According to Johnson’s family he kept few mementos from his playing days, and this ball, says his grandson in a letter accompanying it, was one of only three in his collection: “I believe this to be the ball Earl McNeely hit in the bottom of the 12th inning of the seventh game to win the game for Walter Johnson and the World Series for Washington, the greatest event of his spectacular career.” According to experts who have examined and authenticated the ball, it was signed by Johnson, who added “World Series 1924.”

One of baseball’s other Five Immortals serves up another extraordinary offering in this auction: Babe Ruth’s signed and inscribed 571st career home run baseball, hit off Philadelphia Athletics ace Rube Walberg on May 24, 1931. Ruth didn’t merely autograph the keepsake: On either side of the signature he wrote “No 6” and “May 24, 1931,” and the experts at Beckett and James Spence Authentication both confirm that the notations are in the Ruth’s hand. (Now it can be in yours.)

This auction is also slathered in championship jewelry: There are more than three dozen rings, among them the iconic Josten’s hardware made for the 1991 Chicago Bulls team upon their first NBA title. This one comes from the collection of Scott Williams, then a rookie power forward; it’s identical to the one awarded his teammate Michael Jordan.

Here, too, are Dallas Cowboys wide receiver Alvin Harper’s Super Bowl XXVII and XXVIII championship rings; and the 2018 World Series ring presented to Boston Red Sox pitcher Austin Maddox; and the 1960 Stanley Cup ring presented to Montreal Canadiens legend Maurice “Rocket” Richard. There are more diamonds in this auction than in a mine.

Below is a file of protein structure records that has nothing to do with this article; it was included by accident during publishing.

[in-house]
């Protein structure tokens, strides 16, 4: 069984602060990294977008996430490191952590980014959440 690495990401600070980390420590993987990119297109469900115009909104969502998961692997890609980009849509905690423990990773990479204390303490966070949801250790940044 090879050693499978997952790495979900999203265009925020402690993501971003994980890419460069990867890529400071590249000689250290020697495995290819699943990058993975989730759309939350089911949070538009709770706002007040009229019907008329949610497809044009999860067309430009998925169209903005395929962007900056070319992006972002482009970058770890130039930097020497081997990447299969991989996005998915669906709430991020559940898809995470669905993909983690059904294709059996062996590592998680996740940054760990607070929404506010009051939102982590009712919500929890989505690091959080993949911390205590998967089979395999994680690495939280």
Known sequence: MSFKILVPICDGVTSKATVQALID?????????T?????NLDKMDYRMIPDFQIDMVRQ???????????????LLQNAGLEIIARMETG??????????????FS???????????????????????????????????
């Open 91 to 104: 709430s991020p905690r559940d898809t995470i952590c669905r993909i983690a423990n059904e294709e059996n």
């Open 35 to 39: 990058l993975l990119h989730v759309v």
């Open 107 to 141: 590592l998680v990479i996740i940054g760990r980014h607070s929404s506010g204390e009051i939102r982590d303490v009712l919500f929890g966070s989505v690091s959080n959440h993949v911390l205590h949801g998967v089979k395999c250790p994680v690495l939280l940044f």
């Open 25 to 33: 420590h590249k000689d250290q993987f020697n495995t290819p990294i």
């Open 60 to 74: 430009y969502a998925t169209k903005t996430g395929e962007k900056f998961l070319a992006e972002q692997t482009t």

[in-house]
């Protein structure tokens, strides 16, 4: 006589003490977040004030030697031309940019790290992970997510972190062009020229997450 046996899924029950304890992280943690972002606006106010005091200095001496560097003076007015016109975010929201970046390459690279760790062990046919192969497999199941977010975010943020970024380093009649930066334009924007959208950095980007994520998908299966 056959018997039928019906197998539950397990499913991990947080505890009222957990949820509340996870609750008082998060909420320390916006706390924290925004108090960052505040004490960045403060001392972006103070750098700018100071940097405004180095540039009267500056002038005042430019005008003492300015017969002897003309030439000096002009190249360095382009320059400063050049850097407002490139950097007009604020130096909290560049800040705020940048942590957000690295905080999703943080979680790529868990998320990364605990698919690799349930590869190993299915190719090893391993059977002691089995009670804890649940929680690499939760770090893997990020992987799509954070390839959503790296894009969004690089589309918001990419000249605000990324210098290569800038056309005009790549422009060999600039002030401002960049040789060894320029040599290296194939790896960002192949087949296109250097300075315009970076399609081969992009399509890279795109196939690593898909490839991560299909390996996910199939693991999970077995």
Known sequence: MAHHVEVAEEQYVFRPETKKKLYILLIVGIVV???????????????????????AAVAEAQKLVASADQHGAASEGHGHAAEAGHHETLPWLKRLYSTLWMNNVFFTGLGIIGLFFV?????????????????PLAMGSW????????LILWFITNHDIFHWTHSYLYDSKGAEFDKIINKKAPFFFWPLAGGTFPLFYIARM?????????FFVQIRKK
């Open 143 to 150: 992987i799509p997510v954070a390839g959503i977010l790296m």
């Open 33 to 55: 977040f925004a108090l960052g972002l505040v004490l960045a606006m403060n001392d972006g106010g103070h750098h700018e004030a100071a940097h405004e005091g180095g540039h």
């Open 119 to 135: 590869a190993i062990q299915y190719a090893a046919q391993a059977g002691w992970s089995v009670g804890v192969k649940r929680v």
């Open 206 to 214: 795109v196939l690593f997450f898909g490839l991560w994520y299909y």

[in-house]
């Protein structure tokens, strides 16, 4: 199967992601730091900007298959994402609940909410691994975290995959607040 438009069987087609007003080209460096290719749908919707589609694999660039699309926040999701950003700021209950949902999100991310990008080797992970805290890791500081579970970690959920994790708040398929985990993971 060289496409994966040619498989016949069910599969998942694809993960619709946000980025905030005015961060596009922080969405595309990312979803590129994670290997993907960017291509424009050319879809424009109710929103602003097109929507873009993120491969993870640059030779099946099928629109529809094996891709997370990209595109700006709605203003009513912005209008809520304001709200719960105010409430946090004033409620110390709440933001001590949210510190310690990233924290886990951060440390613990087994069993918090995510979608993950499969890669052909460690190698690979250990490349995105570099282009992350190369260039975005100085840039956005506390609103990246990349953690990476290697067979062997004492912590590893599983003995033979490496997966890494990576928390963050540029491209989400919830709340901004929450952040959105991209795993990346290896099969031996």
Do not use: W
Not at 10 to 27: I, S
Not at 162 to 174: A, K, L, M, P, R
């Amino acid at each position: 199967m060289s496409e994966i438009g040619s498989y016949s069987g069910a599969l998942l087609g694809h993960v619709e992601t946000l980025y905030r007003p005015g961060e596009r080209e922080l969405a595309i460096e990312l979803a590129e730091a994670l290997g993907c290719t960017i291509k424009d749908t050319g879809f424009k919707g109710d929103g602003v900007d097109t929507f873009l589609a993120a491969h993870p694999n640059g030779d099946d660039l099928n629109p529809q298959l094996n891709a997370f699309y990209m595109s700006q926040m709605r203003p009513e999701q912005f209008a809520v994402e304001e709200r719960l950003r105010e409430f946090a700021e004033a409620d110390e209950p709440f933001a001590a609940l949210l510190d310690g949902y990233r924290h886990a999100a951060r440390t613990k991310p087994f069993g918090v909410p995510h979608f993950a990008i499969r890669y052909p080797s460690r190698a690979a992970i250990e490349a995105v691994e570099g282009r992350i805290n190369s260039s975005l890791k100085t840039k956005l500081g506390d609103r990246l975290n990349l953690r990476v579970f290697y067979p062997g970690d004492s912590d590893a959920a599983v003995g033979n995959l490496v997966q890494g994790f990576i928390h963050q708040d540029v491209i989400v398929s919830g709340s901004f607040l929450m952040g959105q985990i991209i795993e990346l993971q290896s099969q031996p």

And there are plenty of cardboard gems, too – more than 2,000 cards, among them one of the most beautiful 1949 Bowman Jackie Robinsons we’ve ever seen. Perhaps that’s because this card, graded PSA Mint 9, is one of 10 best-known examples ever handled by the grading service – its reds and blues shockingly vibrant, the Dodgers logo crisp, Robinson’s smiling face so clear it’s almost three-dimensional.

It joins a Hall of Fame roster’s worth of cards, from Mickey Mantle’s 1951 Bowman classic (graded PSA NM-MT 8) to Sandy Koufax’s 1955 Topps rookie offering (PSA Mint 9) to Robinson’s own 1948-49 Leaf rookie (NM-MT 8) to Derek Jeter’s 1993 SP debut (SGC Gem Mint 10). And, of course, no sports auction is complete now without Michael Jordan’s 1986 Fleer bow, offered here in an SGC Gem Mint 10.

Here, too, is Tom Brady’s gold rookie card made in 2000 by Bowman in a BGS Mint 9. There were 99 made. But this is the one to own: No. 12, matching the number on Brady’s jersey.

Brady is represented in this auction, as well, by complete tickets from some of the most memorable moments from that first season. Such as: his Foxboro debut on Sept. 23, 2011. And: his first full start on Sept. 30, 2011. And: his first career touchdown (out of 600 and counting!) on Oct. 14, 2011.

And each one is signed by Brady.

“Every time I look at the catalog for this auction, something else leaps out at me – Leroy Neiman’s painting of Thurman Munson, for instance, or Muhammad Ali’s contract for his 1970 bout with Jerry Quarry, his first fight after being banned for protesting the war in Vietnam,” Ivy says. “The history available here is staggering, to put it simply. And to say we’re honored to offer all of it would be an understatement.”